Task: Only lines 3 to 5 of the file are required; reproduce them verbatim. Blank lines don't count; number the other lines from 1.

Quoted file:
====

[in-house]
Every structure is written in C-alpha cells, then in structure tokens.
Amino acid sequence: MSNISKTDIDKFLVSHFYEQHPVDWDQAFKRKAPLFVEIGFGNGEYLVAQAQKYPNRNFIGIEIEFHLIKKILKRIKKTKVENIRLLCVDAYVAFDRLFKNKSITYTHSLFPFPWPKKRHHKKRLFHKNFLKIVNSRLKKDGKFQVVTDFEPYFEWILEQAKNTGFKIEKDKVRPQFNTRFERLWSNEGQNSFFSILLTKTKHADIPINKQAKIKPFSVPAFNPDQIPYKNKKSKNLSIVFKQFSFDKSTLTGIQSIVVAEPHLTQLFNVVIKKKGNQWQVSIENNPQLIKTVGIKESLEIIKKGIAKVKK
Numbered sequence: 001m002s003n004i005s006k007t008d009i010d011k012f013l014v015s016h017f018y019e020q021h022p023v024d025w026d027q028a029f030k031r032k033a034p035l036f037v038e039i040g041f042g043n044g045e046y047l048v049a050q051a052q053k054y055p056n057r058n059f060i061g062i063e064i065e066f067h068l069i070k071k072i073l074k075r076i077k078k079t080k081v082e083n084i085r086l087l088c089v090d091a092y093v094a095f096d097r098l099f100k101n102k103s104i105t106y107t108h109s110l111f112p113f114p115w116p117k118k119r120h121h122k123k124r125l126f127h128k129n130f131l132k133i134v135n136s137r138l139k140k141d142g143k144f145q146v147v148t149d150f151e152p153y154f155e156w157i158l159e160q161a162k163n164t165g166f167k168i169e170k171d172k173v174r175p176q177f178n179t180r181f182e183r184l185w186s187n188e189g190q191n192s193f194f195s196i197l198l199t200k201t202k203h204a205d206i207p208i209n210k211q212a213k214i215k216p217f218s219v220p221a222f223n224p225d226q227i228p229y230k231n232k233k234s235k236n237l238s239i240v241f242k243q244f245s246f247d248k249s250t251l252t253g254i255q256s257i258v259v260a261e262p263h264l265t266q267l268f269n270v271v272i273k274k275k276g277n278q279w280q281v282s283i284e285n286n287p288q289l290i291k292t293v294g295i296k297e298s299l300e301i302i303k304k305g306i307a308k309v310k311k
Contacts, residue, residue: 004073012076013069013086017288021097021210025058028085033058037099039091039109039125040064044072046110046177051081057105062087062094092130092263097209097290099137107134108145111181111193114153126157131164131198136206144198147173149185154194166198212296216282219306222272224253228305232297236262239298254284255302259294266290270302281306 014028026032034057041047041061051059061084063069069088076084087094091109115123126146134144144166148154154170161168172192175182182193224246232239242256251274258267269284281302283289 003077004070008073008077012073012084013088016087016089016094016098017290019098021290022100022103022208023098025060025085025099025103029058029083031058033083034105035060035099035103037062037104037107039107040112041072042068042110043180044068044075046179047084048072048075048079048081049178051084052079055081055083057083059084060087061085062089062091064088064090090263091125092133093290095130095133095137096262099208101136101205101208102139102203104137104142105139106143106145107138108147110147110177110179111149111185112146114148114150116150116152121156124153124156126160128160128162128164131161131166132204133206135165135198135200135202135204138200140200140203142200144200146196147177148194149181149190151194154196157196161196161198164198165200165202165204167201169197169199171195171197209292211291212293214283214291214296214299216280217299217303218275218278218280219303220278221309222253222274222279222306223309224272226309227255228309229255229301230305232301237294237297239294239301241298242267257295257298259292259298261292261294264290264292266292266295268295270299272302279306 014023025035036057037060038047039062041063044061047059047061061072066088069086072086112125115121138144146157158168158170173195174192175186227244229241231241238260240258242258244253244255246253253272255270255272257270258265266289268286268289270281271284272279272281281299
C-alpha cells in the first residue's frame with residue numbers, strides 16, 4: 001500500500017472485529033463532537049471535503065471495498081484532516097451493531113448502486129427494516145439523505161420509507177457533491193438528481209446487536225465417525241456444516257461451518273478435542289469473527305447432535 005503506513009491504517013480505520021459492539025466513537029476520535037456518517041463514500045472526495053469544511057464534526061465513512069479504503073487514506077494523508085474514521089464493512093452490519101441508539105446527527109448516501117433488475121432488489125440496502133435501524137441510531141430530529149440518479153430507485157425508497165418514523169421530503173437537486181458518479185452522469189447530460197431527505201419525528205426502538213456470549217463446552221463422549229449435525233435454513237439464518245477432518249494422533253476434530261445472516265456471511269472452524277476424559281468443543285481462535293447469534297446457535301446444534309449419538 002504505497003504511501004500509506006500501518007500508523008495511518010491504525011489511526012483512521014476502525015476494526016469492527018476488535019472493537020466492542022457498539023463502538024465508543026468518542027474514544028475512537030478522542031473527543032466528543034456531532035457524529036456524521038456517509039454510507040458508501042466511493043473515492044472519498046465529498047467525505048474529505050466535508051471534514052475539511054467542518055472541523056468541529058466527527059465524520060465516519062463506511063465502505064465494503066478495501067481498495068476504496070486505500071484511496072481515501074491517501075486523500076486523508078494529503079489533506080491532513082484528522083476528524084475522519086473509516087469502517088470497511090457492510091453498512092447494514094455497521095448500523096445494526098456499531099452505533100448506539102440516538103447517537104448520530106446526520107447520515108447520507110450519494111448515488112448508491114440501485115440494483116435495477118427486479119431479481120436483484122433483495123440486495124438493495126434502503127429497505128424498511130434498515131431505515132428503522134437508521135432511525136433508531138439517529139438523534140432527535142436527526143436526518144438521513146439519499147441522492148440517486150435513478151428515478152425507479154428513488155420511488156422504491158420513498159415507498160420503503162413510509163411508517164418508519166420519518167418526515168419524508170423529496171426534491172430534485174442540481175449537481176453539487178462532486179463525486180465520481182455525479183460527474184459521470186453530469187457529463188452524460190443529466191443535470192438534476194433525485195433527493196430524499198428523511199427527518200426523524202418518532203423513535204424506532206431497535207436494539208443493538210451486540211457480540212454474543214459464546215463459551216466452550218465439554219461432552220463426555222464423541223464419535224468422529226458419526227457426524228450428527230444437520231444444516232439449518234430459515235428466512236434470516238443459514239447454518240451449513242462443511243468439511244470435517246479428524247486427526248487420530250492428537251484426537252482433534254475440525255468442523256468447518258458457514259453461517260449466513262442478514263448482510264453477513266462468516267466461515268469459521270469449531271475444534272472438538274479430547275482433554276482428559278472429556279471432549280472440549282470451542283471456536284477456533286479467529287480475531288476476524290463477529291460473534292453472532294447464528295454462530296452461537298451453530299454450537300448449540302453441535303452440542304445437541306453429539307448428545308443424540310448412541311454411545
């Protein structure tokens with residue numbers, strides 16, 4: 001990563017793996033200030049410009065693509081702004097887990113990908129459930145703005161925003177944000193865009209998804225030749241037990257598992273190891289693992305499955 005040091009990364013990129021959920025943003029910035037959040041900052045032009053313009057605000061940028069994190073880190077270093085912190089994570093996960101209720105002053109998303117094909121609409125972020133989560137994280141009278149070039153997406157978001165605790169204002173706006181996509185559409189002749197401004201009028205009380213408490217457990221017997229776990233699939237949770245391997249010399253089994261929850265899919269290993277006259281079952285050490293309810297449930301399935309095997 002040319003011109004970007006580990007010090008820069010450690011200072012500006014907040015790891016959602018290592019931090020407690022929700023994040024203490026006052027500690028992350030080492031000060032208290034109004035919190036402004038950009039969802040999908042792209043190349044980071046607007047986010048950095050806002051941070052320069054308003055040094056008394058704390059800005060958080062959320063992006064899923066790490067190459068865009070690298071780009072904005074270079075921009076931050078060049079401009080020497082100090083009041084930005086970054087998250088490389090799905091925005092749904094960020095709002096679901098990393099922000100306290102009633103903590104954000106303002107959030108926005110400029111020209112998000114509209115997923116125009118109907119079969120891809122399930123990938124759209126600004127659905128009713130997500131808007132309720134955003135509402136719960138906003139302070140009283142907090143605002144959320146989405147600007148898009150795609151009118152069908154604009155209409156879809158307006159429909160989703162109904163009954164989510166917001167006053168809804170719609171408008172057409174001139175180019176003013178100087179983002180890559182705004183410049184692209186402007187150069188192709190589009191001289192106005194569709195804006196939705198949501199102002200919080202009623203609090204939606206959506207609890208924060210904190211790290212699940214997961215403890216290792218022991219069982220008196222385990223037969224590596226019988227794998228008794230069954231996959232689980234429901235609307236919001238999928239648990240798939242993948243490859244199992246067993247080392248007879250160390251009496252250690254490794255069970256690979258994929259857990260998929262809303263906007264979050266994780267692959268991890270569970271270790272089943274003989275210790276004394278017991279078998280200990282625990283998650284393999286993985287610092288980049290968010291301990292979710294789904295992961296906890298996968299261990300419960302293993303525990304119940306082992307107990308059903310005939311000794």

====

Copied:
Amino acid sequence: MSNISKTDIDKFLVSHFYEQHPVDWDQAFKRKAPLFVEIGFGNGEYLVAQAQKYPNRNFIGIEIEFHLIKKILKRIKKTKVENIRLLCVDAYVAFDRLFKNKSITYTHSLFPFPWPKKRHHKKRLFHKNFLKIVNSRLKKDGKFQVVTDFEPYFEWILEQAKNTGFKIEKDKVRPQFNTRFERLWSNEGQNSFFSILLTKTKHADIPINKQAKIKPFSVPAFNPDQIPYKNKKSKNLSIVFKQFSFDKSTLTGIQSIVVAEPHLTQLFNVVIKKKGNQWQVSIENNPQLIKTVGIKESLEIIKKGIAKVKK
Numbered sequence: 001m002s003n004i005s006k007t008d009i010d011k012f013l014v015s016h017f018y019e020q021h022p023v024d025w026d027q028a029f030k031r032k033a034p035l036f037v038e039i040g041f042g043n044g045e046y047l048v049a050q051a052q053k054y055p056n057r058n059f060i061g062i063e064i065e066f067h068l069i070k071k072i073l074k075r076i077k078k079t080k081v082e083n084i085r086l087l088c089v090d091a092y093v094a095f096d097r098l099f100k101n102k103s104i105t106y107t108h109s110l111f112p113f114p115w116p117k118k119r120h121h122k123k124r125l126f127h128k129n130f131l132k133i134v135n136s137r138l139k140k141d142g143k144f145q146v147v148t149d150f151e152p153y154f155e156w157i158l159e160q161a162k163n164t165g166f167k168i169e170k171d172k173v174r175p176q177f178n179t180r181f182e183r184l185w186s187n188e189g190q191n192s193f194f195s196i197l198l199t200k201t202k203h204a205d206i207p208i209n210k211q212a213k214i215k216p217f218s219v220p221a222f223n224p225d226q227i228p229y230k231n232k233k234s235k236n237l238s239i240v241f242k243q244f245s246f247d248k249s250t251l252t253g254i255q256s257i258v259v260a261e262p263h264l265t266q267l268f269n270v271v272i273k274k275k276g277n278q279w280q281v282s283i284e285n286n287p288q289l290i291k292t293v294g295i296k297e298s299l300e301i302i303k304k305g306i307a308k309v310k311k
Contacts, residue, residue: 004073012076013069013086017288021097021210025058028085033058037099039091039109039125040064044072046110046177051081057105062087062094092130092263097209097290099137107134108145111181111193114153126157131164131198136206144198147173149185154194166198212296216282219306222272224253228305232297236262239298254284255302259294266290270302281306 014028026032034057041047041061051059061084063069069088076084087094091109115123126146134144144166148154154170161168172192175182182193224246232239242256251274258267269284281302283289 003077004070008073008077012073012084013088016087016089016094016098017290019098021290022100022103022208023098025060025085025099025103029058029083031058033083034105035060035099035103037062037104037107039107040112041072042068042110043180044068044075046179047084048072048075048079048081049178051084052079055081055083057083059084060087061085062089062091064088064090090263091125092133093290095130095133095137096262099208101136101205101208102139102203104137104142105139106143106145107138108147110147110177110179111149111185112146114148114150116150116152121156124153124156126160128160128162128164131161131166132204133206135165135198135200135202135204138200140200140203142200144200146196147177148194149181149190151194154196157196161196161198164198165200165202165204167201169197169199171195171197209292211291212293214283214291214296214299216280217299217303218275218278218280219303220278221309222253222274222279222306223309224272226309227255228309229255229301230305232301237294237297239294239301241298242267257295257298259292259298261292261294264290264292266292266295268295270299272302279306 014023025035036057037060038047039062041063044061047059047061061072066088069086072086112125115121138144146157158168158170173195174192175186227244229241231241238260240258242258244253244255246253253272255270255272257270258265266289268286268289270281271284272279272281281299